Sex & Celluloid: The Best Threesomes That Never Were

While “(500) Days of Summer” is only the latest warm weather flick to explore the delights and wonders of monogamy, there’s been a relative dearth of love triangles in recent cinema. Are ménages à trois no longer in fashion? It seemed like the ’90s were full of threesomes, coming (so to speak) in all different shapes and genders: Was Gregg Araki’s “Splendor” really that bad that it signaled the end of a decade-long exploration into the not-so-single life? Below, four films that promised us the magical number 3 but never delivered on the company, much less the crowd.

“The Dreamers”
“Did they or didn’t they?” was at the crux of famed Italian director Bernardo Bertolucci’s latest film. It may have catapulted Michael Pitt to indie stardom, but the real draw of the film was the hint of a brother-and-sister love that went beyond the range of decent, even for ’60s-era France. While we never see Pitt in the act with both siblings at the same time, there is a shot of all three nubile bodies lying naked in a tent they construct in their parents’ living room, more than enough evidence that the dirty deed was done. (Although, they are French; so maybe that’s par for the course on a hot night?) Considering the graphic sexual nature of the rest of the film, American audiences were just glad that the incest was only implied, never explicit.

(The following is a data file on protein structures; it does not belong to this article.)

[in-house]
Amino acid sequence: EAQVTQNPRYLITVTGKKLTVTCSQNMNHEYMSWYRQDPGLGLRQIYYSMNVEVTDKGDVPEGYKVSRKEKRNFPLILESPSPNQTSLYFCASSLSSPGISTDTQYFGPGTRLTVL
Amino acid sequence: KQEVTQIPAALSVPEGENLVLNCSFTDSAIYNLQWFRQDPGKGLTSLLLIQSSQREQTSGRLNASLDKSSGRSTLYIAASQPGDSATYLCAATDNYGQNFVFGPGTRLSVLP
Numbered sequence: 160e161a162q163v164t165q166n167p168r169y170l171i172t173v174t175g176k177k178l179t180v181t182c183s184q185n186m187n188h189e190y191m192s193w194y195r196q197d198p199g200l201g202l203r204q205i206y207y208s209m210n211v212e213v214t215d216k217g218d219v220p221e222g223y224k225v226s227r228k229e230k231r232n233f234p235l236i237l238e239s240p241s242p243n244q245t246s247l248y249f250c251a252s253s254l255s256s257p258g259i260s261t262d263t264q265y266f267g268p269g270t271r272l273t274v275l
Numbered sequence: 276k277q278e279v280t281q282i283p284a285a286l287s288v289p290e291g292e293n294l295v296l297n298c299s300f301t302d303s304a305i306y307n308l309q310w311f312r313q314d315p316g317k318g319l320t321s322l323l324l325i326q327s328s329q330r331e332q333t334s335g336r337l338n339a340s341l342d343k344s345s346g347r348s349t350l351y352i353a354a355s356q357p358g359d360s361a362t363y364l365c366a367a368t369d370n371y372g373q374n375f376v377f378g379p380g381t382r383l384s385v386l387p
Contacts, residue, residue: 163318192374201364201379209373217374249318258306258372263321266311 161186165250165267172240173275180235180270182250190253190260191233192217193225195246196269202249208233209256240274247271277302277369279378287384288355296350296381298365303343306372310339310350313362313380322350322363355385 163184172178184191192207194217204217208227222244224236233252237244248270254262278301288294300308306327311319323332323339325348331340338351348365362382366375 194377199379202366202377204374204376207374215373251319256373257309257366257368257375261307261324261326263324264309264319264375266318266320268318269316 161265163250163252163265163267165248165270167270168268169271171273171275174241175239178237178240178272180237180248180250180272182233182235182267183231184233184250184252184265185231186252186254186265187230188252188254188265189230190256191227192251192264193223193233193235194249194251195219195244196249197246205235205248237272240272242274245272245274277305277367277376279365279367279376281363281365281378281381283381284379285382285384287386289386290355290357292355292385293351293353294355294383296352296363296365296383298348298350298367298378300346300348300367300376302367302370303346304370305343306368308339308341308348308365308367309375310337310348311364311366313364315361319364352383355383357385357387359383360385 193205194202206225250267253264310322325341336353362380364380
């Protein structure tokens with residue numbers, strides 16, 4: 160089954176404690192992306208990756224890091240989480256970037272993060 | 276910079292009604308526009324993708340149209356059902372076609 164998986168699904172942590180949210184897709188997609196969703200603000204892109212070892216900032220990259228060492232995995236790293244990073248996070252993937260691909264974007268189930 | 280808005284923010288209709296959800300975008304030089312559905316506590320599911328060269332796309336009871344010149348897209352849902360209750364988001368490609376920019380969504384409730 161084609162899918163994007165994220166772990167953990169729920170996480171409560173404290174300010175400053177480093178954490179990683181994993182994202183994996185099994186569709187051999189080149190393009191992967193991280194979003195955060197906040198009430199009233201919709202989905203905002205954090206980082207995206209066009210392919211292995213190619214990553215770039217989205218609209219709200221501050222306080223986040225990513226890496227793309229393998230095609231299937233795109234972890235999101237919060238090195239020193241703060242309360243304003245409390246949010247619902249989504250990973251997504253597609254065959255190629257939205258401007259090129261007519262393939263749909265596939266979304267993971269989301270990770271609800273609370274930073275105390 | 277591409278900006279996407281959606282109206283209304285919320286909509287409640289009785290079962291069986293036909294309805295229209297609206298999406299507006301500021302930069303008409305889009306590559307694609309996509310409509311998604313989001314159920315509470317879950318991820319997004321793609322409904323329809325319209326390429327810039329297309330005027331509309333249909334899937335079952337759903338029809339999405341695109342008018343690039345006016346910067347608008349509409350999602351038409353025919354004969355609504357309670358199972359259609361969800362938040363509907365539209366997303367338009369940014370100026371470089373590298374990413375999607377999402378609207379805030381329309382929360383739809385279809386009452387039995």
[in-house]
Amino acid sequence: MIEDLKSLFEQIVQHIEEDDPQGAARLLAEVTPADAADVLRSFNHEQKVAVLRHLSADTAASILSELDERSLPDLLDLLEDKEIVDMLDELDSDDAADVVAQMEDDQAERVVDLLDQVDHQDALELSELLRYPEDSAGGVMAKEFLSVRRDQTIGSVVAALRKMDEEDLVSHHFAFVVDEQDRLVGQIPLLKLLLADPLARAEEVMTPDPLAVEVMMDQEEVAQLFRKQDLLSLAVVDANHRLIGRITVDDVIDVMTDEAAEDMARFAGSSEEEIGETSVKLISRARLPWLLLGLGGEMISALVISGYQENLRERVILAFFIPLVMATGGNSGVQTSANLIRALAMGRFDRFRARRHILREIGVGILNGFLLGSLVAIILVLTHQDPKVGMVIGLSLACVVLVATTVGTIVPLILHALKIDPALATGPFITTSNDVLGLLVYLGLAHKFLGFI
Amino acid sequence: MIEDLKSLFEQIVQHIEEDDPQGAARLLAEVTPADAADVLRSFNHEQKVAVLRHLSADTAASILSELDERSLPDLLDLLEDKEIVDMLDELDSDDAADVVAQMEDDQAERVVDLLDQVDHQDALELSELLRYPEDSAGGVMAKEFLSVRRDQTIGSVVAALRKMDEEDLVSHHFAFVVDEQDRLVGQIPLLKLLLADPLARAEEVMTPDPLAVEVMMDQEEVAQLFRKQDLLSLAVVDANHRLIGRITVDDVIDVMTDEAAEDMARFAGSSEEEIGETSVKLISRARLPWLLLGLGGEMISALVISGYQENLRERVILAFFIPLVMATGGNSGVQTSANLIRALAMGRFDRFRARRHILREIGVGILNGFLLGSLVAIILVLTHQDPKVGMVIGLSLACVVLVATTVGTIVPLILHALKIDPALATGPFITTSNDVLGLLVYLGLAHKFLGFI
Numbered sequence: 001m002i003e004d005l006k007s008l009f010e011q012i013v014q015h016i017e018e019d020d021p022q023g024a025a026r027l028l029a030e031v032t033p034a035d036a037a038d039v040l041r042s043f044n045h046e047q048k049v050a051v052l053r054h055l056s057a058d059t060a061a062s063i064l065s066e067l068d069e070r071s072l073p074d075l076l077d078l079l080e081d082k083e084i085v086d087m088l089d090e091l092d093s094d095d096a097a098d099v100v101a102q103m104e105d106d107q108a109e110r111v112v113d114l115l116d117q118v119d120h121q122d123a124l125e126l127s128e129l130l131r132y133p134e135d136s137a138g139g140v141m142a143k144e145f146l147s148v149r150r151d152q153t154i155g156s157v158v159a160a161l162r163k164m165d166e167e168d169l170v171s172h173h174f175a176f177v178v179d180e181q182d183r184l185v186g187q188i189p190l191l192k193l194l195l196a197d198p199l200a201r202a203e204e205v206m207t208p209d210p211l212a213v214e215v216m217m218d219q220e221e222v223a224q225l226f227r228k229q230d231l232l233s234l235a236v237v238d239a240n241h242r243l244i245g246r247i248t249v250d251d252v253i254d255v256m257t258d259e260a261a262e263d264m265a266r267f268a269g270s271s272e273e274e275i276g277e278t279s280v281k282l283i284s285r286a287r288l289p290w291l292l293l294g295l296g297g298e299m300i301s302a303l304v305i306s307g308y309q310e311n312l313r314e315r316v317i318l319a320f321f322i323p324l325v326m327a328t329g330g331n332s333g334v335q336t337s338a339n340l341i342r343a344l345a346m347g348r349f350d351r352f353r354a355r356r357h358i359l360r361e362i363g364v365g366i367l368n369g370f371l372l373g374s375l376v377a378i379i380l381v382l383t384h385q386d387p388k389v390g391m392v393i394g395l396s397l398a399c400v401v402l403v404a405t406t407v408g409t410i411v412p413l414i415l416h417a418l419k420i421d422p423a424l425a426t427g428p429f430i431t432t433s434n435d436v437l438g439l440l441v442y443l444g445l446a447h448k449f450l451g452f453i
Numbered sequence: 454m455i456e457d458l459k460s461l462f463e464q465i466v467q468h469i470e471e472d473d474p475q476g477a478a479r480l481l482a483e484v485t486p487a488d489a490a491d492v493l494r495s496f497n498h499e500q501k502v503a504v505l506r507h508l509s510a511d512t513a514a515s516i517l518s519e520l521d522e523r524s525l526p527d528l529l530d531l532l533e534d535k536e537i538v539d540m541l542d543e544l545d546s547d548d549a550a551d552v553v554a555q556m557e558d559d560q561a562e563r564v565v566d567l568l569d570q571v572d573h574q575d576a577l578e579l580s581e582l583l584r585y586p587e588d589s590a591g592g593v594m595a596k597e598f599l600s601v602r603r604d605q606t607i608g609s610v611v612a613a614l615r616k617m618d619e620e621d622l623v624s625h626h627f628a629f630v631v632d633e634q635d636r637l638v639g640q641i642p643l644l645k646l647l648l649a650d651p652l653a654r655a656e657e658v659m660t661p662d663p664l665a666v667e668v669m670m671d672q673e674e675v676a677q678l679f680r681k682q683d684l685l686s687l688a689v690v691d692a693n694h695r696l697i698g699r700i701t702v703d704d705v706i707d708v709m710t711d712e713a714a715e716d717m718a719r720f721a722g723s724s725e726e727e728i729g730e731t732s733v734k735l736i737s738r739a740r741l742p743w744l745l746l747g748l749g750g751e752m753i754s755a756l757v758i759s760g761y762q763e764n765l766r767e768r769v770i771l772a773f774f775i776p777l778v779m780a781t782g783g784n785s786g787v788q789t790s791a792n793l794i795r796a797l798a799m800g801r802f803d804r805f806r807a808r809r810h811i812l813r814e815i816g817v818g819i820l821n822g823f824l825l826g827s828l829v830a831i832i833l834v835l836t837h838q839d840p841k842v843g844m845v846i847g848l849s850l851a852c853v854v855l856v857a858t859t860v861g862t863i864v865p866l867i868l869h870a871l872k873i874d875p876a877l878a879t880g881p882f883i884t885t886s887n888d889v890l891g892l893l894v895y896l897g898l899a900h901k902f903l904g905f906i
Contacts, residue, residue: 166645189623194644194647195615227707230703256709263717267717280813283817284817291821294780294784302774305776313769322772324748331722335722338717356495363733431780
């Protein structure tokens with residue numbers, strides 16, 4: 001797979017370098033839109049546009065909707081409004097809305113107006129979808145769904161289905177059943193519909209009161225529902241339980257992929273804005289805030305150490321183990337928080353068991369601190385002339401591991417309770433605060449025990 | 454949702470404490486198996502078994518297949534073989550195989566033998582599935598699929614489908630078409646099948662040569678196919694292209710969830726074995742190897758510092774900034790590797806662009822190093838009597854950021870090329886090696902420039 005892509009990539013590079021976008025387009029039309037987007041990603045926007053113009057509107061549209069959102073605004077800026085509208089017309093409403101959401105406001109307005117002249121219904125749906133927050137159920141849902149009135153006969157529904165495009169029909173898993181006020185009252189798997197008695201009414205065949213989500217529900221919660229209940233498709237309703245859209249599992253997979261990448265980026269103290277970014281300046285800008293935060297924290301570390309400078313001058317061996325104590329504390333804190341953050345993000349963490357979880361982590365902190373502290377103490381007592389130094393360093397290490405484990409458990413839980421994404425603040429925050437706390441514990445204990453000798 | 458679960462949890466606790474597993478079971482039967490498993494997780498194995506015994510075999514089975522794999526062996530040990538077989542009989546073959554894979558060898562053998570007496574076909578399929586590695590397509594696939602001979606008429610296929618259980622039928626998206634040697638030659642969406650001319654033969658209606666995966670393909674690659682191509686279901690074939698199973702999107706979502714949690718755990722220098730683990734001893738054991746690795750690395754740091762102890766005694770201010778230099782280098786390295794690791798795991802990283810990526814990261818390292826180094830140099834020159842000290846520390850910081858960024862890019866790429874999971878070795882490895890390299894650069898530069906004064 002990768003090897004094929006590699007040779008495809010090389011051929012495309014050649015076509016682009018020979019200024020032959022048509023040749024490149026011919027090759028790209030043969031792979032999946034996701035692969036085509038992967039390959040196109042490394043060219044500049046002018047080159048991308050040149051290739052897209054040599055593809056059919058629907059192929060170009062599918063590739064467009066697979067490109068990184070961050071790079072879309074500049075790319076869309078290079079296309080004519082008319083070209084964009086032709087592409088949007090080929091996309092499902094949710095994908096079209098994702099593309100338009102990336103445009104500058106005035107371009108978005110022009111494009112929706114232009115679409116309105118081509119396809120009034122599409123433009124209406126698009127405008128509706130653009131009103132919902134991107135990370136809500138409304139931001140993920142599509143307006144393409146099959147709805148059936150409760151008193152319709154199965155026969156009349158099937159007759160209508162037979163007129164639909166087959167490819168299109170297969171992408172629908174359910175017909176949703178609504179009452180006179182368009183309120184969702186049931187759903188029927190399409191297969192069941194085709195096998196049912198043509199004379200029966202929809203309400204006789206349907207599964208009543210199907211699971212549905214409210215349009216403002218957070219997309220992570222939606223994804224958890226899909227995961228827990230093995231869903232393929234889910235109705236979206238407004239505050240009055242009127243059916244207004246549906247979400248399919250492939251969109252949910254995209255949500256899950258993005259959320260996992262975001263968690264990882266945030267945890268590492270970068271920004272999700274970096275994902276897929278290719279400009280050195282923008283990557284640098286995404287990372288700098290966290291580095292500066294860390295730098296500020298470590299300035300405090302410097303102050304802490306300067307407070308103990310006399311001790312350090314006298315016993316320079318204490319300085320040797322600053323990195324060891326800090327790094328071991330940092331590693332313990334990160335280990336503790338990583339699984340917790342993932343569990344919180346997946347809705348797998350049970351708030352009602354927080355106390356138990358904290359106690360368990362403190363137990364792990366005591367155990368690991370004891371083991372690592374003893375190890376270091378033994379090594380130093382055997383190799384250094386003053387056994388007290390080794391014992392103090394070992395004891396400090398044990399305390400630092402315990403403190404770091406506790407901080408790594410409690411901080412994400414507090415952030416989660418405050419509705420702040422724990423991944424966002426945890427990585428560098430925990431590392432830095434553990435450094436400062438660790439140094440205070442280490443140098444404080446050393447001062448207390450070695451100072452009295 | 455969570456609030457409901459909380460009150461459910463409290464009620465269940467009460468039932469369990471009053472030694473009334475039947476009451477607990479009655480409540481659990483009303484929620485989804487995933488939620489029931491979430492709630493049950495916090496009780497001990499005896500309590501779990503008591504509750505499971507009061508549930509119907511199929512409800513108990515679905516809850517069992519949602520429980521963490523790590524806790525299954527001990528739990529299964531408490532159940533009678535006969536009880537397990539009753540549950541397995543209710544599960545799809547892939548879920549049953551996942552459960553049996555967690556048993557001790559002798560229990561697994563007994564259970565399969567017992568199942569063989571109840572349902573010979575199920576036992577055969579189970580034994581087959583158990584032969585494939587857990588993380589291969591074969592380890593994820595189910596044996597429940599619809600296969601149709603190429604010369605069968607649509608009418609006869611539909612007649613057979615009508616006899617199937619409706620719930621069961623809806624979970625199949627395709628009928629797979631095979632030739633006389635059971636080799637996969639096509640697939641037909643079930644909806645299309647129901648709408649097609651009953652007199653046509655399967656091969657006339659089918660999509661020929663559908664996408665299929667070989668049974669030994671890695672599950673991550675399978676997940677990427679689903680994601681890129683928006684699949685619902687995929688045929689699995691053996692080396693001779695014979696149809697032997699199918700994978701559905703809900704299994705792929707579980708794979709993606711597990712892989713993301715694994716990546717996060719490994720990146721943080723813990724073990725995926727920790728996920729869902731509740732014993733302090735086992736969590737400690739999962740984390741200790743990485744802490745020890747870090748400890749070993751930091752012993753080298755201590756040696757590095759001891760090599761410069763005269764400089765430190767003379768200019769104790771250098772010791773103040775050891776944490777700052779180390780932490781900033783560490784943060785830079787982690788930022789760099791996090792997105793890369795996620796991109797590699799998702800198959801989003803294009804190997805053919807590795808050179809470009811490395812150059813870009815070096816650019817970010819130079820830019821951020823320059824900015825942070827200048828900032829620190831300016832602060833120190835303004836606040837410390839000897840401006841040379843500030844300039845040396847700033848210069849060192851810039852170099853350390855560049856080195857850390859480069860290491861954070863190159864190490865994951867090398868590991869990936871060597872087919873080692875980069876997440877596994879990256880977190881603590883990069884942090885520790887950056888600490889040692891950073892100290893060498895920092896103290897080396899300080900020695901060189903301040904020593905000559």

“Being John Malkovich”
Does it count as a threesome if only two bodies are involved? That’s only one of the metaphysical questions that arise from Charlie Kaufman and Spike Jonze’s bizarre 1999 masterpiece. The only sex in the film is between Catherine Keener and the titular actor, yet John Cusack and Cameron Diaz’s characters each have a go at their mutual crush while occupying Malkovich’s headspace during copulation; first, as mere spectators, and then later as active participants controlling the Academy Award winner’s body like a puppet.
“Vicky Cristina Barcelona”
Oh, how we all waited with bated breath in 2008 for this Woody Allen film, which was supposed to contain an epic love scene between Scarlett Johansson and Penelope Cruz. Not only did the movie fail to deliver on the sexiest sapphic show imaginable (the most we see is a passionate kiss), but the off-screen couplings of the gorgeous duo with an equally gorgeous Javier Bardem are only described via voice-over, never shown. And from the guy who brought us “Everything You Always Wanted to Know About Sex (But Were Afraid to Ask)”? Either Woody is losing his lecherous touch or the studios are really cracking down hard for family values these days.
“Two Girls And A Guy”
Try to remember all the way back to the late ’90s, when Robert Downey Jr. was still in and out of rehab and Heather Graham’s lack of acting ability was not yet known. It was during that time when James Toback’s film gained notoriety and an X rating for some graphic depictions of sexual acts involving, well, two girls and a guy. So much ado was made of the movie’s explicit nature that the studios released two versions. It was the censored, R-rated one (which didn’t include the five-second shot of RDJ simulating analingus on Graham) which most people saw in theaters. Unfortunately, I own the (uncut!) DVD of this film, and not only is it sorely lacking in the sex department, the promised threesome never even occurs! The X-rated version would barely muster an R rating if released this millennium. Plus, it’s sort of a terrible, unscripted mess, saved only by Downey’s ability to be awesome in everything.
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